Dress up the process of bathing or showering by preparing a very comfortable environment. That could mean having the water warm or cool according to preference. Using scented bath soap, bubble bath, or bath lotion moisturizers that make the experience feel and smell wonderful could be important.  Keeping the bathroom warm and having warmed towels for drying off adds to the comfort.  Though many dementia patients do not have a normal sense of smell, having smooth lotion put on them and hearing  soft music playing can  make   the experience  pleasant.  Having a shave or a hair styling session afterwards can make it a complete grooming experience.  Caregivers should emphasize how good this must feel and how bathing makes one feel so much better.

Arrange a Reward.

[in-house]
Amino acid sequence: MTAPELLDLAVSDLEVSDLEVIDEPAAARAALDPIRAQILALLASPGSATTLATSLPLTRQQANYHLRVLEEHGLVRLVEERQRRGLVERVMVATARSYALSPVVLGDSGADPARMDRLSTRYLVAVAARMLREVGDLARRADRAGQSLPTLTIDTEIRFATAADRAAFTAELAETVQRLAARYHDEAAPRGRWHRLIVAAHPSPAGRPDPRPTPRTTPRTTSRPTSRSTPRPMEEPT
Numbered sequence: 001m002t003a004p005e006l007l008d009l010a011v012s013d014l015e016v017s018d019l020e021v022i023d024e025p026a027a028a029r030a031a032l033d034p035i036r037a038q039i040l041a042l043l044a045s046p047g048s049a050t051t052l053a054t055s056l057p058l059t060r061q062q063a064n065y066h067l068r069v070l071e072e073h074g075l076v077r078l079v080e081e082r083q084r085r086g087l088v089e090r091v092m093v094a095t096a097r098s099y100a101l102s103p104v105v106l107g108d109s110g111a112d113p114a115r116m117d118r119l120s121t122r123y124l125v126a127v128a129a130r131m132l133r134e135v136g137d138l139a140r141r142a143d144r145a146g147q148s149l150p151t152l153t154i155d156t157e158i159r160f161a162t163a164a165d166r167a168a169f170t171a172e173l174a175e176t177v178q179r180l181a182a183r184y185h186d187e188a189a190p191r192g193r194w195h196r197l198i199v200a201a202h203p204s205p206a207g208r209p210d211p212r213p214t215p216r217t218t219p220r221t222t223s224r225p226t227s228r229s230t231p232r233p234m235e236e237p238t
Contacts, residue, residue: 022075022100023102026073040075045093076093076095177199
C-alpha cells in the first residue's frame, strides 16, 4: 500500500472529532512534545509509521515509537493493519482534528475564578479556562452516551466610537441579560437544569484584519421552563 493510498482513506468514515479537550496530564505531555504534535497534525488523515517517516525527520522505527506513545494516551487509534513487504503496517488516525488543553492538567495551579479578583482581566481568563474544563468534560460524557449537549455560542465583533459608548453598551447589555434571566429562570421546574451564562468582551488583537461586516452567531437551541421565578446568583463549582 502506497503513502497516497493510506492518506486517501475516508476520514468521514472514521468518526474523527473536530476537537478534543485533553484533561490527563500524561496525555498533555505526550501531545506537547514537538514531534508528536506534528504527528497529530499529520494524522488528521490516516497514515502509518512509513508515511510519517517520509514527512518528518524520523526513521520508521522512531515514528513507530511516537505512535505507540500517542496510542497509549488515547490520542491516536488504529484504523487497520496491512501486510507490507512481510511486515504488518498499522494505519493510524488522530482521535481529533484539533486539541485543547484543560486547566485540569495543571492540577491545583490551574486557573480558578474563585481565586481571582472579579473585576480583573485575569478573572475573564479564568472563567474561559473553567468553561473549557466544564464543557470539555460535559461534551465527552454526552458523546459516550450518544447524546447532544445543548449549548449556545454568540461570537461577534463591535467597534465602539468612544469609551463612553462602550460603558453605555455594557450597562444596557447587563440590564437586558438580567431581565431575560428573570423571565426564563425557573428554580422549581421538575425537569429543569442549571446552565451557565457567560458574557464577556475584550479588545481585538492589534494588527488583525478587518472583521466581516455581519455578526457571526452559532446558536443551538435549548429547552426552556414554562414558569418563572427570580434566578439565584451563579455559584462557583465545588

What is motivating and interesting to the patient? Is there a television show or a movie they like? Is there a particular dessert they like or a place they like to go?  Arranging to have a desirable activity or a treat after a bath may make getting through bath time without a complaint worthwhile to them. Establish a routine of taking a bath, then receiving a reward, and you may find that  excuses and complaints about bathing will disappear.

Money.

Yes, that means getting paid to take a bath. It works to get kids to do chores, and it works to get adults to do their jobs.  Getting clean in some way is an unpleasant job for some people, particularly, to men, it seems.  So, pay them to take a bath, in any way they choose, though you have to give the final approval for the quality of the job. Tell them that they have to bathe sometime in the next two days, at a time that fits your schedule, and exactly what you expect: no body odor, no sticky hair, clean all-over.  However, the longer they wait, the less you will pay. In fact, the offer will expire after the deadline.

Does money motivate? You betcha.  Be sure to pay up every time as you agreed!

 An Outing or Occasion.